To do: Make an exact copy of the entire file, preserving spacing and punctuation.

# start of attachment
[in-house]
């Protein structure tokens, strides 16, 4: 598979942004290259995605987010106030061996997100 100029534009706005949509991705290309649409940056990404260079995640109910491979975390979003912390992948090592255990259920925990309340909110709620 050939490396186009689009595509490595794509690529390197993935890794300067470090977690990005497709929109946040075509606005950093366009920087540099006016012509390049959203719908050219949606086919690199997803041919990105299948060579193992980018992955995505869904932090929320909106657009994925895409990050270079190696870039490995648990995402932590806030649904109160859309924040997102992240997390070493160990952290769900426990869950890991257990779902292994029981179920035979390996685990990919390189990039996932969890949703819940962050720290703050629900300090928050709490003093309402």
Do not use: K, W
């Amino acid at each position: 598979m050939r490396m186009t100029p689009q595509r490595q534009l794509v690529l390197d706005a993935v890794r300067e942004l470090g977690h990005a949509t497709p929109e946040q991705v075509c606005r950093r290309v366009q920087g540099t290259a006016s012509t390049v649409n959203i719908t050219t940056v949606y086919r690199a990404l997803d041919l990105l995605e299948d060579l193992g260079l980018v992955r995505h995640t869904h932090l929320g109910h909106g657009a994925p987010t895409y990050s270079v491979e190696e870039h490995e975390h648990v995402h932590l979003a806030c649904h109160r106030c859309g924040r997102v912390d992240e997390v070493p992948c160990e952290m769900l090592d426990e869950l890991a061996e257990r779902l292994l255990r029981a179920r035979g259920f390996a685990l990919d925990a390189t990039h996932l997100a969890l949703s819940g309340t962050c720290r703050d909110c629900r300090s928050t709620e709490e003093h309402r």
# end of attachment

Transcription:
[in-house]
């Protein structure tokens, strides 16, 4: 598979942004290259995605987010106030061996997100 100029534009706005949509991705290309649409940056990404260079995640109910491979975390979003912390992948090592255990259920925990309340909110709620 050939490396186009689009595509490595794509690529390197993935890794300067470090977690990005497709929109946040075509606005950093366009920087540099006016012509390049959203719908050219949606086919690199997803041919990105299948060579193992980018992955995505869904932090929320909106657009994925895409990050270079190696870039490995648990995402932590806030649904109160859309924040997102992240997390070493160990952290769900426990869950890991257990779902292994029981179920035979390996685990990919390189990039996932969890949703819940962050720290703050629900300090928050709490003093309402």
Do not use: K, W
């Amino acid at each position: 598979m050939r490396m186009t100029p689009q595509r490595q534009l794509v690529l390197d706005a993935v890794r300067e942004l470090g977690h990005a949509t497709p929109e946040q991705v075509c606005r950093r290309v366009q920087g540099t290259a006016s012509t390049v649409n959203i719908t050219t940056v949606y086919r690199a990404l997803d041919l990105l995605e299948d060579l193992g260079l980018v992955r995505h995640t869904h932090l929320g109910h909106g657009a994925p987010t895409y990050s270079v491979e190696e870039h490995e975390h648990v995402h932590l979003a806030c649904h109160r106030c859309g924040r997102v912390d992240e997390v070493p992948c160990e952290m769900l090592d426990e869950l890991a061996e257990r779902l292994l255990r029981a179920r035979g259920f390996a685990l990919d925990a390189t990039h996932l997100a969890l949703s819940g309340t962050c720290r703050d909110c629900r300090s928050t709620e709490e003093h309402r």